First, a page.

by Angie Harvey
In 2007 I walked into the hotel where I had been hired to speak at a church conference. After checking in at the registration desk I was handed a name tag that said Minister Angela Harvey.
I spent the next half hour attempting to explain to anyone who would listen that I wasn’t a Minister and that I needed a new name badge. I became increasingly anxious at the thought of someone thinking I was capable or willing to lay hands on them or pray for them the way a real Minister could.
I finally found the organizer, the Bishop who hired me to speak and explained the mix up. “Bishop I’m just a Motivational Speaker,” I explained while my heart was still rapidly beating “I can’t wear this name tag.” She just smiled as I spoke and patiently waited for me to finish. “Angie,” she said while still smiling, “what do think a Minister is?” Check! Check Mate!
That weekend I walked away with a greater understanding that everyone needs motivation and I can and should meet folks wherever they are. Ever since that weekend I make it my business to GROW wherever there was a need and desire; no exceptions. Since this declaration, I’ve been was asked and have spoken at bridal showers, girls night out, family reunions, Sunday dinner, and football with the fellas. Some of the requests started as an informational conversations and evolved from there, while others knew exactly what they wanted to happen and only needed to know if I could create the vision.
You may be asking yourself how do I, an invited stranger turn a baby shower or a Sunday dinner into an environment where folks are willing to listening and more importantly open to being motivated. I’m so happy you asked. Let me be clear that everyone needs, wants, desires, craves, and is inspired by motivation. Motivation provides direction, clarity, influence, encouragement, affirmation, support, and increased self–awareness all while minimizing mental barriers. Powerful huh? Whose life couldn’t change, improve or be positively maintained with this kind of boost? So, to answer your question I use my skills of engagement to craft a conversation that invites everyone to join in on a common or familiar topic. After just a few folks accept the invitation and begin to mentally and verbally participate, I have the beginnings of a motivation movement that continues to increase as folks are encouraged to share and respond. It’s almost magical to watch it unfold. Yes, this can be done at informal gatherings, in party atmospheres and even with unsuspecting or skeptical individuals.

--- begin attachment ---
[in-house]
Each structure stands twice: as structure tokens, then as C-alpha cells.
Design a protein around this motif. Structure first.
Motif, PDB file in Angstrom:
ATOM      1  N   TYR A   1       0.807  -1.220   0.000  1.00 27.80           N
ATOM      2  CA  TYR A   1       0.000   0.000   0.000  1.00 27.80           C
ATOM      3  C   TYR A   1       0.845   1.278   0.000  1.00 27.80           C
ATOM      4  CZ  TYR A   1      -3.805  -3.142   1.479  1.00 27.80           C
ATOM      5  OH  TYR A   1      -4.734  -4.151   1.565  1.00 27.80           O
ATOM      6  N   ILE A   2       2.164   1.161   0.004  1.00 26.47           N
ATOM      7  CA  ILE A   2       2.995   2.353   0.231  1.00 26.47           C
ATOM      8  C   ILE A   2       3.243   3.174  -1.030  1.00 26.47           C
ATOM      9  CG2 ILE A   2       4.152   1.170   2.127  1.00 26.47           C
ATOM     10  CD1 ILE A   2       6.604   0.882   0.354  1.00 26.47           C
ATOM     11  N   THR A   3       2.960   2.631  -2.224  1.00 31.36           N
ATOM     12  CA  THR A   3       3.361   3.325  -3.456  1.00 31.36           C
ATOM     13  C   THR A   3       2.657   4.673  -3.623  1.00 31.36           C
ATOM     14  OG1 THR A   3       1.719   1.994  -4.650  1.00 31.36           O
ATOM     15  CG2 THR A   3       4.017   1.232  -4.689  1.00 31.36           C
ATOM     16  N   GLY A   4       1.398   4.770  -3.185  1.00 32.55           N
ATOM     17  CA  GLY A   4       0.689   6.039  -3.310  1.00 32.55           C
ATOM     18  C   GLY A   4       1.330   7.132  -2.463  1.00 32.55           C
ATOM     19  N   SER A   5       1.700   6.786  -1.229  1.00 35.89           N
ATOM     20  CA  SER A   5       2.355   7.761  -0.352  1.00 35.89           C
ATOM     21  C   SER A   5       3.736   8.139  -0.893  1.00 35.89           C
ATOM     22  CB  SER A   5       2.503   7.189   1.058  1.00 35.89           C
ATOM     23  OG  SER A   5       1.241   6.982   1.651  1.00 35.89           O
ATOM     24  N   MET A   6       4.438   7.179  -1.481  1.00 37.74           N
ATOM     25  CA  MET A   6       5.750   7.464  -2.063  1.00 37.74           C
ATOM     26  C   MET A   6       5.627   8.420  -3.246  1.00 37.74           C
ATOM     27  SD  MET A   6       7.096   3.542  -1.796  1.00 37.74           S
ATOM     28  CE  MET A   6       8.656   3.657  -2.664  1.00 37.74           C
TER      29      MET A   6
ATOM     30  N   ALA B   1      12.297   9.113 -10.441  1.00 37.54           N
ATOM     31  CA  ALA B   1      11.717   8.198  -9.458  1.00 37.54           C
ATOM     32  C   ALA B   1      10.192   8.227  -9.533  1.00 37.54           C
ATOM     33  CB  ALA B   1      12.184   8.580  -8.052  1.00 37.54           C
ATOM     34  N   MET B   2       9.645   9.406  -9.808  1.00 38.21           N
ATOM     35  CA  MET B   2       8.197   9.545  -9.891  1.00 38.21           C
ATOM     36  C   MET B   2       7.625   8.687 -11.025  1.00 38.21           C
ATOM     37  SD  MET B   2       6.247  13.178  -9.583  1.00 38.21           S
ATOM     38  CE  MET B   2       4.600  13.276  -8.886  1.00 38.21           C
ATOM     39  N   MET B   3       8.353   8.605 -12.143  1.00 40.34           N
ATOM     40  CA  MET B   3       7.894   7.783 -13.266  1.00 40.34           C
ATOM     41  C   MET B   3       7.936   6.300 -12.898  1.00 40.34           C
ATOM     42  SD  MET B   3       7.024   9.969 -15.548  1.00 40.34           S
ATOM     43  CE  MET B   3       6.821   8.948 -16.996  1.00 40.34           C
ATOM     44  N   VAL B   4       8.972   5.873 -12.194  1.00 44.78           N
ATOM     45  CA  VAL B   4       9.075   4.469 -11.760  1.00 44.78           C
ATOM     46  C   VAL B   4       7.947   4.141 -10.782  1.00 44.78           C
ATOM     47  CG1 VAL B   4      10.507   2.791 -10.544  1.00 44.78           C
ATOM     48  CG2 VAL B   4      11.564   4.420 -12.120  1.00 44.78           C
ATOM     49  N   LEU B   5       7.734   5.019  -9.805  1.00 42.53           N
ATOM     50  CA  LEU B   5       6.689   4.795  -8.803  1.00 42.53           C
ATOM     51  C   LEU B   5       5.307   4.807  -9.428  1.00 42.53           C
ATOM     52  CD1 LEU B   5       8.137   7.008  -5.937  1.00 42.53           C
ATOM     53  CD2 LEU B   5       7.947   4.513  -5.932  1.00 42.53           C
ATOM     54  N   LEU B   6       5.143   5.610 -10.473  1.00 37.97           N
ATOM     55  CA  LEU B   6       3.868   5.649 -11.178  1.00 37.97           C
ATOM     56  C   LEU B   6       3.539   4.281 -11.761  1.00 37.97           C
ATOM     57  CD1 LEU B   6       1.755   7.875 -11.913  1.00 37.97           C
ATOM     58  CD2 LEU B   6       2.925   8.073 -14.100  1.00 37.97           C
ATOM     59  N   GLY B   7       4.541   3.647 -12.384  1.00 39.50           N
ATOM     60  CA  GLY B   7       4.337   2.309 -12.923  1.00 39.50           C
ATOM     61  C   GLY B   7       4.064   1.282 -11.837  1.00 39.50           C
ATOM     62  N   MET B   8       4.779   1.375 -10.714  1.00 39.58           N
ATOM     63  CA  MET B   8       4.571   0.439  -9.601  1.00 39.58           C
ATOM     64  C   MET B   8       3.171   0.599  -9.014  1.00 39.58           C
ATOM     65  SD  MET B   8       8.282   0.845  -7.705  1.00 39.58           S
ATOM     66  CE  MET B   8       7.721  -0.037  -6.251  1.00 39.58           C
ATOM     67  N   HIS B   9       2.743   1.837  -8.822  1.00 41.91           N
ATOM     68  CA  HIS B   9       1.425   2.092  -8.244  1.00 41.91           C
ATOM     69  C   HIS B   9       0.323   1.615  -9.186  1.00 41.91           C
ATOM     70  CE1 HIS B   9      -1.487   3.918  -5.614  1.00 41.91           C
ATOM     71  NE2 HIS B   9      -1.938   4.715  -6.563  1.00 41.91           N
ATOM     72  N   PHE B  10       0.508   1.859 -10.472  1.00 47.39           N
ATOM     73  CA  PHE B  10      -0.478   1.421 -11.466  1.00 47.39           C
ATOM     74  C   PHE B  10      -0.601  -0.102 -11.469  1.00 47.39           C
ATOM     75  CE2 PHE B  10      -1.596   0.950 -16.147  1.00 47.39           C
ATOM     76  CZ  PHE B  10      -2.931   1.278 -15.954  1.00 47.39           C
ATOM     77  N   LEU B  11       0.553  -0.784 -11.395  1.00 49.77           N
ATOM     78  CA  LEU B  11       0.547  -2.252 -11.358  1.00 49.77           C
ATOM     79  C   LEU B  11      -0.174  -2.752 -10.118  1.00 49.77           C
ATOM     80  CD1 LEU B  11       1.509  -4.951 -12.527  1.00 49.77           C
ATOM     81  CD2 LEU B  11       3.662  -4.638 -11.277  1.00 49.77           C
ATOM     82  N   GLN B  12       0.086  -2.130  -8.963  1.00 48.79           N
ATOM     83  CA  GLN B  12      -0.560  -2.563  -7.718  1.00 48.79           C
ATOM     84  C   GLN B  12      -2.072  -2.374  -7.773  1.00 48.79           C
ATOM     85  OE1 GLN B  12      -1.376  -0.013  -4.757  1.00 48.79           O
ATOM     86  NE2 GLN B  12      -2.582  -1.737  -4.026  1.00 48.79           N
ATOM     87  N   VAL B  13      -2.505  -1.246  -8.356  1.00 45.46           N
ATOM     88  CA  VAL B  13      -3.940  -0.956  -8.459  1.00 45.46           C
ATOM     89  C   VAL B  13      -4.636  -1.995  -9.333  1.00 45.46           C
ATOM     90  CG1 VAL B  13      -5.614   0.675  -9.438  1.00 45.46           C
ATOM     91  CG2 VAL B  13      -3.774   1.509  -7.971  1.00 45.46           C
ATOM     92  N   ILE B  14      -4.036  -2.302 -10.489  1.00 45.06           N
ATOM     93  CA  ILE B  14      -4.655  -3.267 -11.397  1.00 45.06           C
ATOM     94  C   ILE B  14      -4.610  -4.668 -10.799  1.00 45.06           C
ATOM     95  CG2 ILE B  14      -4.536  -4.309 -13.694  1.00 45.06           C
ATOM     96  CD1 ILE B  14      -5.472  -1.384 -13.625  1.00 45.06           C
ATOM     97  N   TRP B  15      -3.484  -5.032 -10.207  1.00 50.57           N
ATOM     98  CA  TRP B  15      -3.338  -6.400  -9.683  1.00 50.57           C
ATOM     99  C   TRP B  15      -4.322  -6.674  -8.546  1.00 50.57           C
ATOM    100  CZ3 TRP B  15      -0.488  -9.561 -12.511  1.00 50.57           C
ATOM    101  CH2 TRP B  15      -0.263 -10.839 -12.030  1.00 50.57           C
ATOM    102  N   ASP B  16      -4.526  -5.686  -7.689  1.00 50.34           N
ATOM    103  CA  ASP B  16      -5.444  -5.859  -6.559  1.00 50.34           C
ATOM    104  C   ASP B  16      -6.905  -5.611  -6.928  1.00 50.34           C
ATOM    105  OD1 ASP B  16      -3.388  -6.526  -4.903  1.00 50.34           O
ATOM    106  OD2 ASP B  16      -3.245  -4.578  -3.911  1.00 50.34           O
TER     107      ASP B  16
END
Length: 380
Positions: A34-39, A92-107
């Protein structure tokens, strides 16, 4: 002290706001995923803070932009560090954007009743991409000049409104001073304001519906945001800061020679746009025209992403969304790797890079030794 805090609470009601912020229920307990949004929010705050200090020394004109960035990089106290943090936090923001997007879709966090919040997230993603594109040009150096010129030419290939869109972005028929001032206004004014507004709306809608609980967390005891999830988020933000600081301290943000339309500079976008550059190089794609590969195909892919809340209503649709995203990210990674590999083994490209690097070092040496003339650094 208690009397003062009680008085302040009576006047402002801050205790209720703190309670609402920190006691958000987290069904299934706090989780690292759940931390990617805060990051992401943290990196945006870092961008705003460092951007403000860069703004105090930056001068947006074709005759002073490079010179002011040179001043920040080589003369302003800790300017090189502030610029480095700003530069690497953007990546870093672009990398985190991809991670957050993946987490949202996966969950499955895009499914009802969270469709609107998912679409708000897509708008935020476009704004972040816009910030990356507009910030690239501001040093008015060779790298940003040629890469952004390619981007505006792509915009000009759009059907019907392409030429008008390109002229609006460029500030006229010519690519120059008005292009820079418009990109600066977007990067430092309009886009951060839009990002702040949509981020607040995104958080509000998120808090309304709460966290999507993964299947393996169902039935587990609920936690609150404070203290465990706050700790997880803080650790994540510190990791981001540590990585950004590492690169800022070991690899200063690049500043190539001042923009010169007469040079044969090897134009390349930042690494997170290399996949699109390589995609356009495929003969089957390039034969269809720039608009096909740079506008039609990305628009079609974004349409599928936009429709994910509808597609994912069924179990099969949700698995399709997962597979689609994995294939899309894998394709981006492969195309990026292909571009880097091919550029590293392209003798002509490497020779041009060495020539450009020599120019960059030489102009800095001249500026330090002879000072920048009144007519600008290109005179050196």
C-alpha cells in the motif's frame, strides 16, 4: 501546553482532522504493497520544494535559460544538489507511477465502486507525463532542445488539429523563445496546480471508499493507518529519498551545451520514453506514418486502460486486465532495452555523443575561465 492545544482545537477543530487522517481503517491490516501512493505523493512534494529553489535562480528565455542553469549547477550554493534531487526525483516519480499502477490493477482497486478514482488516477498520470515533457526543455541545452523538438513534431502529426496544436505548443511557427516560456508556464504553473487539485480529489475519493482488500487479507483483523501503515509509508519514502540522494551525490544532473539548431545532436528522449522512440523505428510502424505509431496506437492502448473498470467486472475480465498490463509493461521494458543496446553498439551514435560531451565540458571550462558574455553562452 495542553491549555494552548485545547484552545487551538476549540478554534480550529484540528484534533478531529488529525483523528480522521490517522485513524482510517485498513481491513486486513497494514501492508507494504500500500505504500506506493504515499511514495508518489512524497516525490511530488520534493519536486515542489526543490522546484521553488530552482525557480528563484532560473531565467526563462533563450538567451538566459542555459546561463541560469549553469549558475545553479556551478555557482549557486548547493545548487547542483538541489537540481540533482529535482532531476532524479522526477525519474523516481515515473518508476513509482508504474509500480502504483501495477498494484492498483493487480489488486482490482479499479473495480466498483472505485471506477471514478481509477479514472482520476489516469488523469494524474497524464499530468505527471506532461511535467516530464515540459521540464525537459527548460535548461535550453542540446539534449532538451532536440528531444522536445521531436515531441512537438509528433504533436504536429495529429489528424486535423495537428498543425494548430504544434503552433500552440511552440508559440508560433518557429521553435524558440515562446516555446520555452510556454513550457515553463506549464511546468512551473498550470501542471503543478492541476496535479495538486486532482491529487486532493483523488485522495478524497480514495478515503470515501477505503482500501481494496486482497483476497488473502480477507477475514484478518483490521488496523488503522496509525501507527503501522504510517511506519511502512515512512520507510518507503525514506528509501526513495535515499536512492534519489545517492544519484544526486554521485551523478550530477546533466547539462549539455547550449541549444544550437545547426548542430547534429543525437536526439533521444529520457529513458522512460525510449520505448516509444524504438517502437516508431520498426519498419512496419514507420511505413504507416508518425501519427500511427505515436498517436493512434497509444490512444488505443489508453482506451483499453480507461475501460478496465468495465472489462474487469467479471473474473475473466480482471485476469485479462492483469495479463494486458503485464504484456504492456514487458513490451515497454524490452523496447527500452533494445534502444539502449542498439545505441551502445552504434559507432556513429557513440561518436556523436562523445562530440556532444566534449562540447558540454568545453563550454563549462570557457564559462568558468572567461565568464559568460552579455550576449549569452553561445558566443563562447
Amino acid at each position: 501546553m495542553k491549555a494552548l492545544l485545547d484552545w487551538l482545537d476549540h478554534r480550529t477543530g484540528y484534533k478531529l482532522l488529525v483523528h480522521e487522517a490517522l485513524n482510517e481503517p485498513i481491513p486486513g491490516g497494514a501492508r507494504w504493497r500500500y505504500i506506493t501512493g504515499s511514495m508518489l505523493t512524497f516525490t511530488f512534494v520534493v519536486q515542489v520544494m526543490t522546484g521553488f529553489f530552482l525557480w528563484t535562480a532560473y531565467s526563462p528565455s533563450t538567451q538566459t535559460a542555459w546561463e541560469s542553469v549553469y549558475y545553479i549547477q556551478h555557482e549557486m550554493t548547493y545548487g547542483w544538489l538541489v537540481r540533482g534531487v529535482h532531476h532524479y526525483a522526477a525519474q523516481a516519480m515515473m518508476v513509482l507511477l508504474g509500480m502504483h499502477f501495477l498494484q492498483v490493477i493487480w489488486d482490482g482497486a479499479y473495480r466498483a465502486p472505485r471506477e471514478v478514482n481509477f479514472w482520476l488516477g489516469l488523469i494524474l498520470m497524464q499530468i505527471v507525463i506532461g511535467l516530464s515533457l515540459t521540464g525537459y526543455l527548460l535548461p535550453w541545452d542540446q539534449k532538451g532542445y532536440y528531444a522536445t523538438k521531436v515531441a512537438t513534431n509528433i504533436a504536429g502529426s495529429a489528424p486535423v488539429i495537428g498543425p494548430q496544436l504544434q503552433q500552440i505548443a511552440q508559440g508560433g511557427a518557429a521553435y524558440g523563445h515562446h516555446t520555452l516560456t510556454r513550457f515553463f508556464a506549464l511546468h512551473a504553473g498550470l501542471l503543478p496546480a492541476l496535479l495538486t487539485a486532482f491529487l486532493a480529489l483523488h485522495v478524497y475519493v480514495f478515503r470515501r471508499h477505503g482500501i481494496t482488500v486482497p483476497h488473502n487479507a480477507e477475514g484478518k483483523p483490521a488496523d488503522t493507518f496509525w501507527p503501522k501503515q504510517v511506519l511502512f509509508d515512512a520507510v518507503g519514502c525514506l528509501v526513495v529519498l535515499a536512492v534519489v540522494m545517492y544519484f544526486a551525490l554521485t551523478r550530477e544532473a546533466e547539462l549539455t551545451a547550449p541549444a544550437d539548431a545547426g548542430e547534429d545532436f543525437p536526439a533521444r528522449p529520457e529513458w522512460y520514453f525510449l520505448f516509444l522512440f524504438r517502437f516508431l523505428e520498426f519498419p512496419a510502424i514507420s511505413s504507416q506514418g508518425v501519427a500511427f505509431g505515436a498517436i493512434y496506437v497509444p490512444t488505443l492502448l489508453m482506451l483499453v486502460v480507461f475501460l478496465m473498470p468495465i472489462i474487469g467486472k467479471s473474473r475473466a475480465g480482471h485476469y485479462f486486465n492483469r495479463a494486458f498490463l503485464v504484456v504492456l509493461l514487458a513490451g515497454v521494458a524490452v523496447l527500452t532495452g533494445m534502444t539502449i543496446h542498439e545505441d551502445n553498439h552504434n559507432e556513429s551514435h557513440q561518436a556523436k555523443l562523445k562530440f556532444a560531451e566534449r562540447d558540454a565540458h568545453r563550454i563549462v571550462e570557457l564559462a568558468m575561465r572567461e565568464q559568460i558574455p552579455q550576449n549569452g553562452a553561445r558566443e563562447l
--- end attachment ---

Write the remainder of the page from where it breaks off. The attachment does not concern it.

I would be remised if I didn’t tell you that I’m not pushing the typical or customary type of motivational speaking. No, I’m not standing or sitting and delivering a “rah–rah” speech to the fellas during the half time. What is required in small and intimate spaces is motivational conversation. The kind that is usually started by me but based on something that’s been observed, heard or something that the host has clued me in on. This way the group already has some common view although different vantage points of the topic. Yes, everything about this type of interaction is customized and tailored. I’d also like to note that never have I heard anyone complain or get upset by my presence. Initially, there’s a little awkwardness but then it becomes no different than joining a conversation of stranger because the topic is all too familiar. Then poof, we’re collectively engaged and GROWING together.
Contrary to popular belief, motivation isn’t just used to inspire folks to start their own business, be better at business, or to be able to sale something. The core concept of motivation is intended to spark change, awareness, improvement, building, and nurturing and most of those intentions are best used with self and other relationships. So, in casual informal settings the goal is the to connect folks with the responsibility they have to themselves, their family, their friends, and their passion. I know, I know you probably never thought of motivation in that way which is why until now you would have never considered securing a Motivational Speaker to sit at your dinner table with you and your family. However, you should.
Motivation is something that many folks don’t know they need until they get a dose of it. When they do and they allow themselves to be open to the experience it provides a tingle in their spirits even without their permission. That tingle usually prompts them to think, feel, dream, wonder, and create. Imagine being invited to a baby shower where some of the activities involve you telling the bride what she means to you and hearing and being motivated by what others are giving to and receiving from the bride. This type of motivation in a casual, non- judgement space is better received by individuals thus, they are motivated beyond the event.
Motivation works best in these intimate spaces because
- Individuals are more open to being mentally stimulated when they least expect it
- When we are in familiar places or with people we know we’re more open and likely to share
- Individuals remember what is out of the norm and different
- Casual conversations of inspiration are longer lasting than in large groups
- We are least likely to block what we don’t see coming (sneaky, I know)
- Things are best remembered when associated with feel good activities
- Motivation and support can be felt and performed by all
- Motivation like misery loves company
- Inspiration dispensed in intimate groups is more likely to trigger self-motivation which outlast all forms of motivation
So, the next time you gather with a group of folks for a party, celebration or a get together give some thought to inviting a stranger; a Motivational Speaker. You’ll at least be the talk of the town for giving more than parting gifts or left-over food. Folks will instead remember the unique occasion where they received great food for thought as a parting gift.